Church of St. John the Baptist in Kloštar Ivanić is a late Gothic (stone) structure built in 1508 and it belongs to the largest of the Gothic churches in northern Croatia. The single nave church hall, with its extended sanctuary ends in a polygonal apse, with ornaments of fauna. The massive bell tower rises at the southern end of the sanctuary and is the junction between the church and the monastery. The tower is constructed of brick, while all the remaining structures and decorative elements are stone. The entire church had a cross-ribbed vault ending in a star in the apse. The façade is simple, and above the semicircular profiled portal (Renaissance) is the crest of Bishop Luka Barentin, builder of the church. The bell tower dates back to the 16th century, but its characteristics disappeared with the Baroque adaptations in the 17th and 18th centuries. During the period of the Turkish attacks, the church was torched. Restoration on the torched church began in 1677, when the vault was rebuilt, however in the Baroque variation, the vault was barrel shaped with side vaults. The façade is richly ornamented. In 1745, the crypt is built under the sanctuary, and the old altars are replaced, with the exception of the main altar from 1703 and the altar of the Holy Cross under the choir. The new altars are: the Mother of God of the Holy Rosary, 14 Assistants, St. Francis and St. Anthony. In World War II, the church was shelled and for a long period thereafter neglected. In the late 1980s began the restoration and preservation of the church, and it still continues. The inventory is from the 17th and 18th century, among which are the main altar, and the four side-altars from the 18th century, created by the Zagreb sculptor Josip Weinacht. Virtually all the paintings and sculptures were preserved and are stored in the picture gallery, and the vaults of the new Franciscan Monastery and the Parish Church in Kloštar Ivanić, which was opened in 1994. The part of the inventory which yet remains to be restored is kept in the monastery storage.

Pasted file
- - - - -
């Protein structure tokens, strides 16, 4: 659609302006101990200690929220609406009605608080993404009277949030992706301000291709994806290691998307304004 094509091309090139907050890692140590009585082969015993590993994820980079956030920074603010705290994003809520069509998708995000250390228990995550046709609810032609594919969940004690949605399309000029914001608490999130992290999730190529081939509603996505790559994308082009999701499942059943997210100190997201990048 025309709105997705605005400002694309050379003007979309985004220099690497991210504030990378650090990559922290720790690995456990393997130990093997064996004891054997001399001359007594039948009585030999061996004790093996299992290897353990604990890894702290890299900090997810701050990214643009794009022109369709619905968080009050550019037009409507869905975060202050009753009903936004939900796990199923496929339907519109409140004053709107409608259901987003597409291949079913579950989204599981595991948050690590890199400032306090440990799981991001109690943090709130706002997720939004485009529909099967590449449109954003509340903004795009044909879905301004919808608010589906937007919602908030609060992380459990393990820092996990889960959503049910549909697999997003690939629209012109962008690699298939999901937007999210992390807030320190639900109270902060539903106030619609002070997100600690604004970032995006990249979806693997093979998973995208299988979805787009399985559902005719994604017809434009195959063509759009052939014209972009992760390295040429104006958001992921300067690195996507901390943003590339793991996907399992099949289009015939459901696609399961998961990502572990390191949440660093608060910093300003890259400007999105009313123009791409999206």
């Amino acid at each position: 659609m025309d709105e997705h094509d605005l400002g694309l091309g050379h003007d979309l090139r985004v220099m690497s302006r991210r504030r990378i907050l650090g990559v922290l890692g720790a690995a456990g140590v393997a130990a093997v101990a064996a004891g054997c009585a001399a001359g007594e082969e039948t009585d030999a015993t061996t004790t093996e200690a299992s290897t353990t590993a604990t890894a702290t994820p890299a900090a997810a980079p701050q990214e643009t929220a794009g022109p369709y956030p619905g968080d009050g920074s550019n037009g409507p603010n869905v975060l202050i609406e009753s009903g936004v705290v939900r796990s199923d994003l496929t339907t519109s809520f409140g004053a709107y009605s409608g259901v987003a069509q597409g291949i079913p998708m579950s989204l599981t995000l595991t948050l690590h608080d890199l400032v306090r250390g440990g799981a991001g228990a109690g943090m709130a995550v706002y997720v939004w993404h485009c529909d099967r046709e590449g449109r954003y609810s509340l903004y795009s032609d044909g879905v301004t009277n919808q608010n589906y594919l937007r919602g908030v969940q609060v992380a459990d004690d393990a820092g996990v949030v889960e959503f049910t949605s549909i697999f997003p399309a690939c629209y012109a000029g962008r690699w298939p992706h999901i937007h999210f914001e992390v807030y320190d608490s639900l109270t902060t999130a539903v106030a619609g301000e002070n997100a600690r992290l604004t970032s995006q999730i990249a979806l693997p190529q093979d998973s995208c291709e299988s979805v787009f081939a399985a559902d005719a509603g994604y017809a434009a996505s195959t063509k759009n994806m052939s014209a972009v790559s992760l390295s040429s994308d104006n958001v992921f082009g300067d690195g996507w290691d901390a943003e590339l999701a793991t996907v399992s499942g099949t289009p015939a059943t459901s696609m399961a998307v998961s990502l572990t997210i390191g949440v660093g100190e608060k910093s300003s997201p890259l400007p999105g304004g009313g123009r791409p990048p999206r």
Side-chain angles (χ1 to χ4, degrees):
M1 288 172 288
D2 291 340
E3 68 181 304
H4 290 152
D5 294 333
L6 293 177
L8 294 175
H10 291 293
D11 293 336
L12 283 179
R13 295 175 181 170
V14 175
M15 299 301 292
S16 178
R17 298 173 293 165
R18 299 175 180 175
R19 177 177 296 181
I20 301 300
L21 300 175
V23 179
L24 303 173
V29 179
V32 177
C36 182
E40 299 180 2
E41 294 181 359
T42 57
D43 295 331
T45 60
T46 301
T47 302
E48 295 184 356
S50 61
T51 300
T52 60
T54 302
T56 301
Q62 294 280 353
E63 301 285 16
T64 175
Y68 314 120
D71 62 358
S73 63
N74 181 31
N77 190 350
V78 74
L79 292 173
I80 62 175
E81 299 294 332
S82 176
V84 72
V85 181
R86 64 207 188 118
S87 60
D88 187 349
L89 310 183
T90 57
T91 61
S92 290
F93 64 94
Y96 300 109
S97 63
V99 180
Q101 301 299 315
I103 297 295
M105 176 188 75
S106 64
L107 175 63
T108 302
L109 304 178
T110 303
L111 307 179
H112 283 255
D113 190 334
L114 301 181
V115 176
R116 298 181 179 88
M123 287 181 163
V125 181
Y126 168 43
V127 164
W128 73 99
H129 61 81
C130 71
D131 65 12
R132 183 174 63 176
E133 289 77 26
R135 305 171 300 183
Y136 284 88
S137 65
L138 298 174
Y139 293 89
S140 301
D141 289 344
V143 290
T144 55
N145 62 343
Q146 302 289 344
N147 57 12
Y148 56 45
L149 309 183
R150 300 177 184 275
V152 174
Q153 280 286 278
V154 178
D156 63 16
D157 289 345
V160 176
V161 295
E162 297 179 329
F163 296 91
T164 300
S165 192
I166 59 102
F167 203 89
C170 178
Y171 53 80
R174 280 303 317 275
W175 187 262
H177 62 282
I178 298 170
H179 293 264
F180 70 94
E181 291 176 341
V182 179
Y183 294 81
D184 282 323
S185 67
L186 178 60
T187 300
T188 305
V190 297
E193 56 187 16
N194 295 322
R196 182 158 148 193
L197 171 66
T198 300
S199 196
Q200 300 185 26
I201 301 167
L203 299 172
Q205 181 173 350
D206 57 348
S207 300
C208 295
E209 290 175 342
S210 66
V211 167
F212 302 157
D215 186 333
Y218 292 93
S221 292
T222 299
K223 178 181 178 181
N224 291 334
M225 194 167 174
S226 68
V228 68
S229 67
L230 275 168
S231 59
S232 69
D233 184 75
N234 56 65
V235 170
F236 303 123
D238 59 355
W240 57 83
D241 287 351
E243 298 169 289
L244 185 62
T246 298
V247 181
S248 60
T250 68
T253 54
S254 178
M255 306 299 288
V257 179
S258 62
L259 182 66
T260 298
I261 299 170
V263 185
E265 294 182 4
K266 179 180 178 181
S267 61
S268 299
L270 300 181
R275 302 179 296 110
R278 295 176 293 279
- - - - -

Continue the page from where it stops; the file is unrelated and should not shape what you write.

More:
The construction of the old Franciscan Monastery began in the early 16th century, and was completed in 1748. The construction passed through several phases, all of which left their trace on the monastery. The old Bishop’s Residence, which previously had stood on the location of the monastery was included into the monastery structure.
Fearing the Turks, the Franciscans left the monastery in 1544 and returned again in 1639. Through that time, the monastery served as a base for the Vojna Krajina military district. In 1997, the Franciscans moved to the new monastery built alongside the Parish Church of St. Mary, and handed the old monastery over to the Carmelite Nuns, who there founded the Carmelite Order of Little St. Teresa.References:
The Broch of Gurness is an Iron Age broch village. Settlement here began sometime between 500 and 200 BC. At the centre of the settlement is a stone tower or broch, which once probably reached a height of around 10 metres. Its interior is divided into sections by upright slabs. The tower features two skins of drystone walls, with stone-floored galleries in between. These are accessed by steps. Stone ledges suggest that there was once an upper storey with a timber floor. The roof would have been thatched, surrounded by a wall walk linked by stairs to the ground floor. The broch features two hearths and a subterranean stone cistern with steps leading down into it. It is thought to have some religious significance, relating to an Iron Age cult of the underground.
The remains of the central tower are up to 3.6 metres high, and the stone walls are up to 4.1 metres thick.